Fitch lifts PH outlook to positive

Fitch Ratings on Thursday lifted the ratings outlook for the Philippines to positive from stable, a signal that the debt watcher may upgrade the country’s credit score within the next 12 to 18 months.

Fitch which granted a credit rating of BBB-, the minimum investment grade, on the Philippines in March 2013, recognized the economy’s strong growth performance and its ability to confront external headwinds better than most emerging markets.

“Global competitiveness, as ranked by the World Economic Forum, has risen to a level comparable to ‘BBB’-rated peers. Indicators for corruption, transparency and economic freedom have also improved substantially. Evidence that governance improvements can be sustained beyond the next election cycle would be positive for the credit,” Fitch said.

It said economic growth continued to outperform ‘BBB’-rated peers while favorable demographics would support the medium-term growth outlook.

Bangko Sentral ng Pilipinas Governor Amando Tetangco Jr. said the positive outlook from Fitch “signaled the long overdue credit rating upgrade, which appropriately reflects the economy’s outperformance.”

Finance Secretary Cesar Purisima said the revised credit outlook and the likely credit rating upgrade reflected what financial markets said all along about the Philippines’ creditworthiness.

“The Philippine economy continues to perform strongly despite turbulent headwinds, while financial markets continue to assess Philippine debt way better than what a BBB- rating reflects. We thank Fitch for coming out with a positive outlook. While we still think we are underrated [we continue to outperform our single-A rated neighbors in Southeast Asia], this is definitely a move in the right direction,” Purisima said.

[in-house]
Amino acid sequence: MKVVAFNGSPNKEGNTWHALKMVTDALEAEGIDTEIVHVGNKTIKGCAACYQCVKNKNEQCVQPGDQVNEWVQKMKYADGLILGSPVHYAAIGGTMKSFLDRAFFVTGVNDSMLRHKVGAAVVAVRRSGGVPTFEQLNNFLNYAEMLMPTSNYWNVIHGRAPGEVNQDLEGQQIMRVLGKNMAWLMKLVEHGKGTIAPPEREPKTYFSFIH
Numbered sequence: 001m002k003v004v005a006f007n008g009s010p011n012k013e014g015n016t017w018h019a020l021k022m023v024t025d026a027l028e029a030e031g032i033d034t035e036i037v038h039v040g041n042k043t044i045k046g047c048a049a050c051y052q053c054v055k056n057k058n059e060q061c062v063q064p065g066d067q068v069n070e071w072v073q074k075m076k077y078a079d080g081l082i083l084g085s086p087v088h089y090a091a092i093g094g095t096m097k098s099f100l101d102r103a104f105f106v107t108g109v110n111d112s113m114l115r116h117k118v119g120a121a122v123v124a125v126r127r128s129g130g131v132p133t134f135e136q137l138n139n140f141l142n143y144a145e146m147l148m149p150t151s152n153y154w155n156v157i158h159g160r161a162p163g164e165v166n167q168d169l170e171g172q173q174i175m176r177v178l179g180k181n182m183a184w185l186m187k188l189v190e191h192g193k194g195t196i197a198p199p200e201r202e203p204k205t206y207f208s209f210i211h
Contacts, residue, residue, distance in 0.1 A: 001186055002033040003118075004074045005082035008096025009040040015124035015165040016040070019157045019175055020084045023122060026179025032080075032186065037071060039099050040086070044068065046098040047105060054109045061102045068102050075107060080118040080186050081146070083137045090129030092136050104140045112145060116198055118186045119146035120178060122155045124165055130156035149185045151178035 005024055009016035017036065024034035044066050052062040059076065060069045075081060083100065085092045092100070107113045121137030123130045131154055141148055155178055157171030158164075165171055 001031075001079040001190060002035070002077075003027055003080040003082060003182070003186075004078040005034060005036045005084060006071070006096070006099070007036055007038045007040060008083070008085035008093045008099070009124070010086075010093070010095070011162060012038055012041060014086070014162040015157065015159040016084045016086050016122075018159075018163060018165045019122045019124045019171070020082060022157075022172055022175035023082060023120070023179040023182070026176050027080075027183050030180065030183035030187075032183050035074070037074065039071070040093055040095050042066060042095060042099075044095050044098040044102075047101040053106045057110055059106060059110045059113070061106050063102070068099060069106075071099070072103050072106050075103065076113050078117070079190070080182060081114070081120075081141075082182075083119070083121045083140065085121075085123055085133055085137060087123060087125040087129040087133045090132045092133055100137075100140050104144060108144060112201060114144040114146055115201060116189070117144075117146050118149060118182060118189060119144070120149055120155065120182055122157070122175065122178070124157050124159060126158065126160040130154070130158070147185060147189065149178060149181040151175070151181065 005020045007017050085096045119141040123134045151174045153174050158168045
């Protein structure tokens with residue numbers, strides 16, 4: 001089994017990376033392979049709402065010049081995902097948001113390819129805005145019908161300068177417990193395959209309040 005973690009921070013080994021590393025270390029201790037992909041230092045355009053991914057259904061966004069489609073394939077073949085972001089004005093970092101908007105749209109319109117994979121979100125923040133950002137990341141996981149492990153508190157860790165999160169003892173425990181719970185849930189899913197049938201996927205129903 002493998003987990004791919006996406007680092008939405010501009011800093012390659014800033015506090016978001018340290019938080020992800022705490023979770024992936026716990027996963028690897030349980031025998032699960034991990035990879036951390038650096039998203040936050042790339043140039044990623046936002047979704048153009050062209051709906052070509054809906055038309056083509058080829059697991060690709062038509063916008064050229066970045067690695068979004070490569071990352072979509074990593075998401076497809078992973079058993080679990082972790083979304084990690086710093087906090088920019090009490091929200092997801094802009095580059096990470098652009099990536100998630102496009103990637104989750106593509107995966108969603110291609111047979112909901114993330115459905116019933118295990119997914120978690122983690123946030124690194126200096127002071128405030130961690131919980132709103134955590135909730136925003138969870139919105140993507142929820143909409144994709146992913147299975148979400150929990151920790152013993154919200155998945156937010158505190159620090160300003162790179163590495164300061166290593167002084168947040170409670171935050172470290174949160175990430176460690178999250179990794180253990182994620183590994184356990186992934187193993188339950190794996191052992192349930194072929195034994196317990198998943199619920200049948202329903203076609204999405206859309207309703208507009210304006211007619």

Fitch predicted that gross domestic product of the Philippines would grow 5.6 percent in 2015, as domestic demand remained robust even as external demand weakened. The Philippines’ total dependency ratio is projected to fall over the next three decades, in contrast to most other ‘BBB’-rated peers and other economies across the region.

Fitch said external finances continued to be key credit strength for the country. The Philippines has run current account surpluses since 2003, underpinned by high levels of worker remittances and revenue from the business process outsourcing industry.

“Fitch expects the current account surplus to narrow to 3.5 percent in 2015, but high enough for the country to reinforce its position as a net external creditor. Fitch expects the Philippines’ strong external finances will provide resilience against potential shifts in global investor sentiment, for example following the tightening of US monetary policy,” it said.

It said low per capita incomes were a structural weakness. It said the country’s GDP per capita income at $2,836 in 2014 was low compared with the ‘BBB’ median of $10,654.

It said while gross national income per capita was higher due to relatively large inflows of remittances from overseas Filipino workers, it was still below ‘BBB’ peers.

Fitch said there could be positive rating action in the coming months if the improvement in the governance standards over the Aquino administration could be sustained following a change in government.

“The rating outlooks are positive. Hence, Fitch does not anticipate a material probability of negative action over the forecast period. However, the main factors that could see the ratings revert to stable outlook are deterioration in governance standards or a reversal in reforms that were implemented under the Aquino administration,”  it said.

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